ISSN 10683712, Russian Electrical Engineering, 2013, Vol. 84, No. 10, pp. 542–548. © Allerton Press, Inc., 2013.
Original Russian Text © Yu.I. Khokhlov, M.Yu. Fedorova, A.V. Khlopova, 2013, published in Elektrotekhnika, 2013, No. 10, pp. 12–18.
Powerful networkdriven polyphase converting
devices are widely used in powersupply systems of
electricalprocessing installations and transport
equipment. They are used in plants for aluminum,
nickel, magnesium, copper, etc., electrolysis in non
ferrous metallurgy; for electrolysis of chlorine, hydro
gen, caprolactam, etc., in the chemicals industry; in
electrothermal plants for electric graphitization of
electrodes; and in steelmaking, etc., as well as in the
gasandoil producing industry and in electric railroad
and public transport. Polyphase units are based on
12phase converters. In turn, the latter comprise, as a
rule, two sixphase converting units based on a bridge
or a neutral circuit.
In uncompensated converters, selfswitching of the
valves occurs that is affected only by the voltages of the
AC supply mains or receiving network. The converters
of this kind are the simplest. However, they have a
number of major drawbacks that necessitate improv
ing the converters’ basic characteristics in both recti
fier and inverter operating regimes. One effective way
to upgrade converters is introduction of forced single
stage commutation of the valves by voltages at the
compensating device’s capacitors added into the com
mutation circuit. Numerous works have resulted in a
developed theory of electromagnetic processes in con
verters with a forced singlestep commutation of the
valves (in compensated converters), for example, [1–3].
These developments, however, primarily concern con
verters in which the compensating devices (CDs) are
supplements to individual sixphase converting units.
We, guided by the experience that has been gained,
set ourselves the task of showing possibilities for
upgrading the characteristics of polyphase converters
by introducing compensating devices into the circuits
common for two sixphase converting units [4–10]
and by reactor control of the spectral distribution of
the currents and voltages at the capacitors of these
devices. Such an improvement of the characteristics of
polyphase converters for the above energyintensive
consumers is aimed at enhancement of energy effi
ciency and reliability of the powersupply systems.
A circuit schematic of a version of the diode sym
metrical compensated 12phase rectifiers (SCRs) is
shown in Fig. 1. The rectifier comprises two sixphase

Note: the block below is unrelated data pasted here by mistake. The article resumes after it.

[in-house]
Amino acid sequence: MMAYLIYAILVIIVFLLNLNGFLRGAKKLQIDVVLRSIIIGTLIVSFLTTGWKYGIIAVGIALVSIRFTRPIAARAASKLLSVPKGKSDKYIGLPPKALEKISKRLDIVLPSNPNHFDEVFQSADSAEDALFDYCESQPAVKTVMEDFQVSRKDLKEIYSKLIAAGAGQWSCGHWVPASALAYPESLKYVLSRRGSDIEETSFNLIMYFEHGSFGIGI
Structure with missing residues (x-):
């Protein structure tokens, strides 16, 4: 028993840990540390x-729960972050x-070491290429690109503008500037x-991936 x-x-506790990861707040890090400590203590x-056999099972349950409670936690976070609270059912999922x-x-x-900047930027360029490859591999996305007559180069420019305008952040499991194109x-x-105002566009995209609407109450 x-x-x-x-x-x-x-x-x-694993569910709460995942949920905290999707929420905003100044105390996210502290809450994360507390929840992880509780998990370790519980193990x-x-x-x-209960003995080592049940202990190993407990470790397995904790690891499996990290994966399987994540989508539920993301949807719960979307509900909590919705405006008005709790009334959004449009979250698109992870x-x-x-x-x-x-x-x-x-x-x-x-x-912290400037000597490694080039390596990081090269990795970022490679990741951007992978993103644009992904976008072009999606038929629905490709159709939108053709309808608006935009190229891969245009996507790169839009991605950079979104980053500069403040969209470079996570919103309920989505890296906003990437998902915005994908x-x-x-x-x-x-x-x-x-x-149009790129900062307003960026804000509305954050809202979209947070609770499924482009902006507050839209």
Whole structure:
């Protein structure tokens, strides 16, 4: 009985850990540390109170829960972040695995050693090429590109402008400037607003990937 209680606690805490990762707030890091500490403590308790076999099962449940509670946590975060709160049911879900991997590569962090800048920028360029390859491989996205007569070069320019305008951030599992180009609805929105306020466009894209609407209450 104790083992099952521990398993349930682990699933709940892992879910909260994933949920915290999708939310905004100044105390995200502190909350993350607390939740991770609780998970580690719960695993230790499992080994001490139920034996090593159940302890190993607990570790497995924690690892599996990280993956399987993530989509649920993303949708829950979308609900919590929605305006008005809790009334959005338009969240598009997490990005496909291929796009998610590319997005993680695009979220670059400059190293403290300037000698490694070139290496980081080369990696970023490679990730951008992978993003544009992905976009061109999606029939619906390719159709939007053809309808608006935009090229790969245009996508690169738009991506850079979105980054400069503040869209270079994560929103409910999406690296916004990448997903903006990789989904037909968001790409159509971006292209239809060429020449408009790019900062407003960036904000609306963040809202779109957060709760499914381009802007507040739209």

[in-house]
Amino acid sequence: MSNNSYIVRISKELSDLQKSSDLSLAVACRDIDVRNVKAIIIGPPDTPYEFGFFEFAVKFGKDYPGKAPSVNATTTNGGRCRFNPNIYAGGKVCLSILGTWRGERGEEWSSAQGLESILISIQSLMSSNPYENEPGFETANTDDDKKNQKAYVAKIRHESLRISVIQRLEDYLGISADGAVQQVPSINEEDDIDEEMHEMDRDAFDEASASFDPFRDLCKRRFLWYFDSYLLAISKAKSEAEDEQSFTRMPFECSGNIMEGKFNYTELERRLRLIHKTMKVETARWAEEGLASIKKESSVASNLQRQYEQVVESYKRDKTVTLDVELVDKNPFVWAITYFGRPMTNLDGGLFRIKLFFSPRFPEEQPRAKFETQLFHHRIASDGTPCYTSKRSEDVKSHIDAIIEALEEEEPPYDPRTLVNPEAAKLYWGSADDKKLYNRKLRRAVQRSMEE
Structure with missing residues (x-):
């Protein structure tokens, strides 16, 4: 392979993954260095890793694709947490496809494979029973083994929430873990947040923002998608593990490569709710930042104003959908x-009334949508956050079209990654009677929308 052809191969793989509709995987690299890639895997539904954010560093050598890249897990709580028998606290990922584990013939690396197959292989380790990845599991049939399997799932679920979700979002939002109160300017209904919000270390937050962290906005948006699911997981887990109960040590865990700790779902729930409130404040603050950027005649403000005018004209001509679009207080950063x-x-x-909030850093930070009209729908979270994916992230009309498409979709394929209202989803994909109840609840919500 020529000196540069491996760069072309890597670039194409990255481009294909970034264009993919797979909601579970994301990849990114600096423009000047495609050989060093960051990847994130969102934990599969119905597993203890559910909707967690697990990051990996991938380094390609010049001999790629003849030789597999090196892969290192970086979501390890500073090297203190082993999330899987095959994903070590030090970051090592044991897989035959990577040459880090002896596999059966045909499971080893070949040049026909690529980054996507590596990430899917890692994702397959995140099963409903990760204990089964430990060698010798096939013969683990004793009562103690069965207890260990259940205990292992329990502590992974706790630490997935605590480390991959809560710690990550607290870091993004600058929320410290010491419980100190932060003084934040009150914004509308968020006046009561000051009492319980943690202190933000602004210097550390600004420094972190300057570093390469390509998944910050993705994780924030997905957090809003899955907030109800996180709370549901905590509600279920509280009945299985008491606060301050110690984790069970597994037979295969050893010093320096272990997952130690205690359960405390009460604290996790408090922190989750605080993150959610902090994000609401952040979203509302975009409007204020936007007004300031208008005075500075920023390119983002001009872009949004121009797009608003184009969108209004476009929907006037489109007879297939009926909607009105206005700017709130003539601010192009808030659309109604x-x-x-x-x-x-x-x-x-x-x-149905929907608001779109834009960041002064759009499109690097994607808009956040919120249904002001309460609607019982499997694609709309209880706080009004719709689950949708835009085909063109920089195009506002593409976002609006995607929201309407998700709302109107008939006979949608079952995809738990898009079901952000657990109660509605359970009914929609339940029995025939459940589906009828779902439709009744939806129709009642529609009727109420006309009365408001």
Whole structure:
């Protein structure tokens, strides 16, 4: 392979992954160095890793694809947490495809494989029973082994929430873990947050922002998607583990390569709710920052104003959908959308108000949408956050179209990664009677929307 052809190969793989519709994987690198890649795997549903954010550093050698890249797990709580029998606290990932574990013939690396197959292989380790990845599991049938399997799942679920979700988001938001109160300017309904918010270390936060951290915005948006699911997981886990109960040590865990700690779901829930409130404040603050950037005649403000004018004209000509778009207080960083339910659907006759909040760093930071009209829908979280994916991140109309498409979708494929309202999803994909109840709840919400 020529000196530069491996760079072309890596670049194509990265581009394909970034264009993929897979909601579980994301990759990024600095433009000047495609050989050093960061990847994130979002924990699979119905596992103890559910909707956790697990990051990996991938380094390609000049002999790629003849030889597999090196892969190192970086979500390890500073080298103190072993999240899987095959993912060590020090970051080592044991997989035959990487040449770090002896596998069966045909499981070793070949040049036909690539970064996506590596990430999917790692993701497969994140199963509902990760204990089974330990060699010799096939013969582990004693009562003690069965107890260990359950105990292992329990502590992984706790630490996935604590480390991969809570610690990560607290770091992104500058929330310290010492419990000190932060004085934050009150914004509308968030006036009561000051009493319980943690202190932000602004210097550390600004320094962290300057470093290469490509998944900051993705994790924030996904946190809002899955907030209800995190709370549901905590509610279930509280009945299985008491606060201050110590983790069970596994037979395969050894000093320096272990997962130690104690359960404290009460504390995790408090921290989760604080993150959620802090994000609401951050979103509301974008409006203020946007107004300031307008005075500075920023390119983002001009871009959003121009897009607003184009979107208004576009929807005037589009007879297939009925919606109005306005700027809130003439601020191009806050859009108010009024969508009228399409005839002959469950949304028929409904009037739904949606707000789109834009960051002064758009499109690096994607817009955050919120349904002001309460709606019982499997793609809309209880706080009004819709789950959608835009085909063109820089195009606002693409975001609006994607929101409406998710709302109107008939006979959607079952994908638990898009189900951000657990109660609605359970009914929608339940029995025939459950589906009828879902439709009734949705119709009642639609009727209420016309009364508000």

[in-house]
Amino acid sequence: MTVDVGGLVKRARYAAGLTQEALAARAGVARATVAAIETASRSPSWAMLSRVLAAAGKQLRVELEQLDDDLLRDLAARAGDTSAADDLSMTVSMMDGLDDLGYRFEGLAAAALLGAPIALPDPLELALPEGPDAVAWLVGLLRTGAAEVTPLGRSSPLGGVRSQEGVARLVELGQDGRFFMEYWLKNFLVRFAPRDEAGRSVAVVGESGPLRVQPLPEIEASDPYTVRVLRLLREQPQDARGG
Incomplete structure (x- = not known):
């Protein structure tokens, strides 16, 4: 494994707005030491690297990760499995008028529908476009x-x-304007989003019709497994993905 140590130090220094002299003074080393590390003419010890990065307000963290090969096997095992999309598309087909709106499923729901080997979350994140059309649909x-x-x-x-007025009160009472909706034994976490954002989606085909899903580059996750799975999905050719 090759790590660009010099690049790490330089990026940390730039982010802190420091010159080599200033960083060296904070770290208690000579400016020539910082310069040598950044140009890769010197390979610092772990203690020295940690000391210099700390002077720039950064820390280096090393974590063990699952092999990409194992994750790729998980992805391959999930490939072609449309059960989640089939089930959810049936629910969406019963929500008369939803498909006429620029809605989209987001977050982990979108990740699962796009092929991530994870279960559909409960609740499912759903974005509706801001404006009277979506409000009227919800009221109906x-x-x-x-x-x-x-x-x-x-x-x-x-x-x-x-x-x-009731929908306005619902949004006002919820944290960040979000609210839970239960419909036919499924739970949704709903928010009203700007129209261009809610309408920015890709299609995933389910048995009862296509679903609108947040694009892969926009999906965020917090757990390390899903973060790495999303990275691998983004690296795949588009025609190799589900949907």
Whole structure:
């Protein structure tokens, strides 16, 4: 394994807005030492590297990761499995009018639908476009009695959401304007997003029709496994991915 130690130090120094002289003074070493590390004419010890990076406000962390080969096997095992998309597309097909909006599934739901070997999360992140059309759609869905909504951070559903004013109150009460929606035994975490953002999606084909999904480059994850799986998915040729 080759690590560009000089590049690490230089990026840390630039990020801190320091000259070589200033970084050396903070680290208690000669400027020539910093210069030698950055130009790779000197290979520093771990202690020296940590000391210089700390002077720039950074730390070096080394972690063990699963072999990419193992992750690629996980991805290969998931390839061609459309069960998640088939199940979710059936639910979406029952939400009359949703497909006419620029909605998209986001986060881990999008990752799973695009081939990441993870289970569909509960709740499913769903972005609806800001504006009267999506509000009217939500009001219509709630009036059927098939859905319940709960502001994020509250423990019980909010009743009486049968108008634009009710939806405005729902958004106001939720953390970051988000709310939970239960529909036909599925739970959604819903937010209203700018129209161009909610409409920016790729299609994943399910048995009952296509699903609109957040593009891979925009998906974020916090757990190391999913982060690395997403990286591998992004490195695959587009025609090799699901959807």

converting units. The first unit is composed of a power
winding, the transformer’s deltaconnected valveside
windings, and rectifier bridge RB1. The second unit
consists of a power winding, the transformer’s star
connected valveside windings, and rectifier bridge
RB2. The compensating device common for both
units consists of a reactor with two operating windings
OW1 and OW2, one compensating winding CW, and
capacitor bank CB. The rectifier bridges relative to the
load are parallelconnected via a paralleling reactor
(PR), which is practicable for consumers with low
voltage and high load current levels. Otherwise, the
rectifier bridges are seriesconnected without a PR.
On Some Useful Qualities of 12Phase Converters
with a Controllable Ensemble of Harmonics
in a Compensating Device Common for SixPhase Units
Yu. I. Khokhlov
, M. Yu. Fedorova
, and A. V. Khlopova
South Ural State University, Chelyabinsk, 454080 Russia
Received September 16, 2013
—The circuitry of one of the 12phase converters with reactor control of an ensemble of current and
voltage harmonics in a compensating device common for two sixphase units is set out. Time diagrams and
basic characteristics of the converter are presented. The advisability of using converters with an ensemble of
odd harmonics is shown for the consumers of the direct current power located in a region adjacent to a power
supplier. For distant power consumers, use of converters with an ensemble of even harmonics is suggested.
For the purpose of improving the stability of the inverter regime when recovering electric power into the sup
ply mains, the practicability of using thyristor converters with an ensemble of even harmonics is demon
strated. Some examples of engineering and design solutions are presented by the example of a compensating
device reactor for a converter with an ensemble of odd harmonics.
: 12phase converter, sixphase unit, ensemble of odd harmonics, ensemble of even harmonics, rec
tifier, inverter, compensating device, powersupply system, reactor, engineering solution
The original version of this article was revised: A previously
missing affiliation was added.